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Pope Francis to Prisoners: “The Devil Wants Quarrels, Rivalry, Division”

Diane Montagna - published on 07/11/15

Introduces himself to inmates as "a man saved from his many sins"

SANTA CRUZ, Bolivia — Pope Francis has paid a special visit to a “village” for prisoners, where children and spouses of the inmates also reside.

The Pope called in at the Palmasola rehabilitation centre in Bolivia on Friday on the final day of his second leg in a three-nation visit to Latin America. 

He began by introducing himself in a way in which the residents of the center could better relate to him.

“The man standing before you is a man who has experienced forgiveness,” he said. “A man who was, and is, saved from his many sins. That is who I am. I don’t have much more to give you or to offer you, but I want to share with you what I do have and what I love. It is Jesus Christ, the mercy of the Father.”

After listening to personal testimonies about their life in Palmasola from, Pope Francis went on to speak to them about St. Peter’s experience of imprisonment, and the power of prayer and Jesus’ love for them. He also called them to personal responsibility during their detainment, telling them: “the way you live together depends to some extent on yourselves.”

“Help one another,” he said. “Do not be afraid to help one another. The devil wants quarrels, rivalry, division, gangs. Don’t let him play with you. Keep working to make progress, together.”

Here below we publish the full text of the Pope’s address.

***

Dear Brothers and Sisters

Good morning. 

I could not leave Bolivia without seeing you, without sharing that faith and hope which are the fruit of the love revealed on the cross of Christ. Thank you for welcoming me; I know that you have prepared yourselves for this moment and that you have been praying for me. I am deeply grateful for this.

In the words of Archbishop Jesús Juárez and in the testimonies of our brothers who have spoken, I have seen how pain does not stifle the hope deep within the human heart, and how life goes on, finding new strength even in the midst of difficulties.

You may be asking yourselves: “Who is this man standing before us?”. I would like to reply to that question with something absolutely certain about my own life. The man standing before you is a man who has experienced forgiveness. A man who was, and is, saved from his many sins. That is who I am. I don’t have much more to give you or to offer you, but I want to share with you what I do have and what I love. It is Jesus Christ, the mercy of the Father.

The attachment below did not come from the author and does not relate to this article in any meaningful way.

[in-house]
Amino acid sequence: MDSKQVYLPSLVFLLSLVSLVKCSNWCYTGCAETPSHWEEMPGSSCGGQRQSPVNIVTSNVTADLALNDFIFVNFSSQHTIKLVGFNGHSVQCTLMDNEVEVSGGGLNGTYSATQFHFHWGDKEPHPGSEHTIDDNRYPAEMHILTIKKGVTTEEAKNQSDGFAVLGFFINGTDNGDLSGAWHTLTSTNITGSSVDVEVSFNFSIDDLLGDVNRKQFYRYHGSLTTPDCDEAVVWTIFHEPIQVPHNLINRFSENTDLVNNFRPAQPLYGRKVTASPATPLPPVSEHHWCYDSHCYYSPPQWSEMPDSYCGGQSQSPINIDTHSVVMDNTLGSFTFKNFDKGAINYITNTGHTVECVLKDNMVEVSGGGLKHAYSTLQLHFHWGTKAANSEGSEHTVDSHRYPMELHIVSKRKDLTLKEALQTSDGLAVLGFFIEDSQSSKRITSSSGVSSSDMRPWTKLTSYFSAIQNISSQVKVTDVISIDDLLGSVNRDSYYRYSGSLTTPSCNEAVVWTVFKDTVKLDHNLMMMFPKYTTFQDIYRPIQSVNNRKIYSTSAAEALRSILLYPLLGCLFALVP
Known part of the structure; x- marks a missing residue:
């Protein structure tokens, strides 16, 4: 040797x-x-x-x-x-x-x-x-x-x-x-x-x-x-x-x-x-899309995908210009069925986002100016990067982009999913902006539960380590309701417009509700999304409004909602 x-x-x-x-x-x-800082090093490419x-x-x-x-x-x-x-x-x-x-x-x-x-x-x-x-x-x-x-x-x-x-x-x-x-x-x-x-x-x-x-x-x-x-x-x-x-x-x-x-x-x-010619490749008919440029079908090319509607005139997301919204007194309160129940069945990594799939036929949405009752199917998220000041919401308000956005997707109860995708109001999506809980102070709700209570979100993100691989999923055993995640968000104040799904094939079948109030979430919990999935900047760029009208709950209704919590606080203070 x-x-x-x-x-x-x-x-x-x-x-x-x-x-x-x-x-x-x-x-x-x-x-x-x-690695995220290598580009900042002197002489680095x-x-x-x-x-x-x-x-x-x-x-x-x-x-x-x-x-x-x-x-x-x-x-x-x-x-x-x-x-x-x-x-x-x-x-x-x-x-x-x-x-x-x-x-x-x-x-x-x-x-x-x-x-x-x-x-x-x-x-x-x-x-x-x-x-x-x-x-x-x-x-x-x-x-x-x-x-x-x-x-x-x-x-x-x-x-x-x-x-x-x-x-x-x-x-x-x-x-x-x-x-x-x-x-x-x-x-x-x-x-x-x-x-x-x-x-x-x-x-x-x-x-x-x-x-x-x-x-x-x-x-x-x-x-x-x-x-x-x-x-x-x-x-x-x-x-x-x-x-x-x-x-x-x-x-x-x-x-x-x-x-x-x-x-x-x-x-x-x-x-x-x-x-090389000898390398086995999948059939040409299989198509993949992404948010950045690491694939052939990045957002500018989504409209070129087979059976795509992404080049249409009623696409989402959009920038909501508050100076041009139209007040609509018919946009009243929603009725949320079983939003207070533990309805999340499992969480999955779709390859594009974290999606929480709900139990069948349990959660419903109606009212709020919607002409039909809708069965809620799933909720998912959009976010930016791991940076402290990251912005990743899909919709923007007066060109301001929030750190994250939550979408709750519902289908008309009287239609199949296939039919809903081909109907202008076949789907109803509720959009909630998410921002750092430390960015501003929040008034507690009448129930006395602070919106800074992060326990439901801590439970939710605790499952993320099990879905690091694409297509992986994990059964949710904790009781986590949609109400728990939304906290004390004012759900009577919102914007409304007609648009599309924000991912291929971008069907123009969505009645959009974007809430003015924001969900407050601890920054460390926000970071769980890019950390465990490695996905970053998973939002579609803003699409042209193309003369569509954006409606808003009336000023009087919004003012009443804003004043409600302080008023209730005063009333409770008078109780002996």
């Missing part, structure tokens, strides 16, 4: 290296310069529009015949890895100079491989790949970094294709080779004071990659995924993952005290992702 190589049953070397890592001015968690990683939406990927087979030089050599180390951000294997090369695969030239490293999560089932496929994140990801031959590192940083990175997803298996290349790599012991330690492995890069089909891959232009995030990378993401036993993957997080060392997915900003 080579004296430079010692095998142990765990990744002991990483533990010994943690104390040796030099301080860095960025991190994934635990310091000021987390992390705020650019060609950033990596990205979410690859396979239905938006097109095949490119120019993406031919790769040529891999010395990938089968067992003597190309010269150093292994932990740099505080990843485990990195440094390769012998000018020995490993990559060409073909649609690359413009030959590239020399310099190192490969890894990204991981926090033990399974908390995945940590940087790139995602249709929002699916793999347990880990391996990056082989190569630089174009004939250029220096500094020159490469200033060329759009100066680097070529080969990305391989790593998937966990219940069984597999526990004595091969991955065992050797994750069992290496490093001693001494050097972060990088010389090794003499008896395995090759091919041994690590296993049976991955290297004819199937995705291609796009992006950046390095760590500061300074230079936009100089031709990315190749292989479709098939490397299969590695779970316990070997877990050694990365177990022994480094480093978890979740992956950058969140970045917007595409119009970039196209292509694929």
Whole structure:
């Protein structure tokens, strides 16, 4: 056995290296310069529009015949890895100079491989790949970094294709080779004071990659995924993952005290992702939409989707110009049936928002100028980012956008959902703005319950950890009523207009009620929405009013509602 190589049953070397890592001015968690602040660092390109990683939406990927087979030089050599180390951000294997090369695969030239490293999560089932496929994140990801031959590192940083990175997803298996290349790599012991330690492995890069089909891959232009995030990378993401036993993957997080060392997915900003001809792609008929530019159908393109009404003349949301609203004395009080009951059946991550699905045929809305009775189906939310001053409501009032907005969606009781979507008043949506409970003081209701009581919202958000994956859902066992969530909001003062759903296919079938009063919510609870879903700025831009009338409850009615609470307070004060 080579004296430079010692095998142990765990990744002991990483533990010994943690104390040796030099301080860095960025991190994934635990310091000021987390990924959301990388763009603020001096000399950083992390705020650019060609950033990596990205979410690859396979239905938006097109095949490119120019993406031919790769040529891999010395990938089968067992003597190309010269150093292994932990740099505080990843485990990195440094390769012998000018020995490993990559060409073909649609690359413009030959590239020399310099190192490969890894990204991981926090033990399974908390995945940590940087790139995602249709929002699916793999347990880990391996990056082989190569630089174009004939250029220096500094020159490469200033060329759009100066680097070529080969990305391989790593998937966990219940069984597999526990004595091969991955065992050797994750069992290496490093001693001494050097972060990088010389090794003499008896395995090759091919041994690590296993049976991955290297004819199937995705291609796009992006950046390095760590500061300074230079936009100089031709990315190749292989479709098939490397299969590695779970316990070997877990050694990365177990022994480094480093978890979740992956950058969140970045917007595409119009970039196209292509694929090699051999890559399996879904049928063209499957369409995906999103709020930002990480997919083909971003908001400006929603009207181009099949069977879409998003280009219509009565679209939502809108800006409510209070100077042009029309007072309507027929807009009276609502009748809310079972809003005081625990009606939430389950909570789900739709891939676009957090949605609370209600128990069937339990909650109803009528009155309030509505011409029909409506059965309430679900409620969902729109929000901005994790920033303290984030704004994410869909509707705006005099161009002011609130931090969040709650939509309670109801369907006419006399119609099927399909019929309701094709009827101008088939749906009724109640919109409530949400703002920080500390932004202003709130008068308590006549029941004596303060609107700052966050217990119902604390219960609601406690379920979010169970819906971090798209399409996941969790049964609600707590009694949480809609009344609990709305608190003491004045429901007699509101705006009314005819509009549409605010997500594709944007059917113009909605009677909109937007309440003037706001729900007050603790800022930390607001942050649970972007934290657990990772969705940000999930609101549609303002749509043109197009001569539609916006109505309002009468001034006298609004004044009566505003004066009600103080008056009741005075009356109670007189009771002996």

Jesus came to show the love which God has for us. For you, for each of you, and for me. It is a love which is powerful and real. It is a love which takes seriously the plight of those he loves. It is a love which heals, forgives, raises up and shows concern. It is a love which draws near and restores dignity. We can lose this dignity in so many ways. But Jesus is stubborn: he gave his very life in order to restore the identity we had lost, to clothe us with the power of his dignity.

Here is something which can help us to understand this. Peter and Paul, disciples of Jesus, were also prisoners. They too lost their freedom. But there was something that sustained them, something that did not let them yield to despair, which did not let them sink into darkness and meaninglessness. That something was prayer; it was prayer. Prayer, both individually and with others. They prayed, and they prayed for one another. These two forms of prayer became a network to maintain life and hope. And that network keeps us from yielding to despair. It encourages us to keep moving forward. It is a network which supports life, your own lives and those of your families. You spoke about your mother [the Holy Father is speaking to the person who gave his testimony at the beginning]. The prayer of mothers, the prayer of wives, the prayers of your sons and daughters, and your own prayers: this is a network of support which encourages you to move forward.

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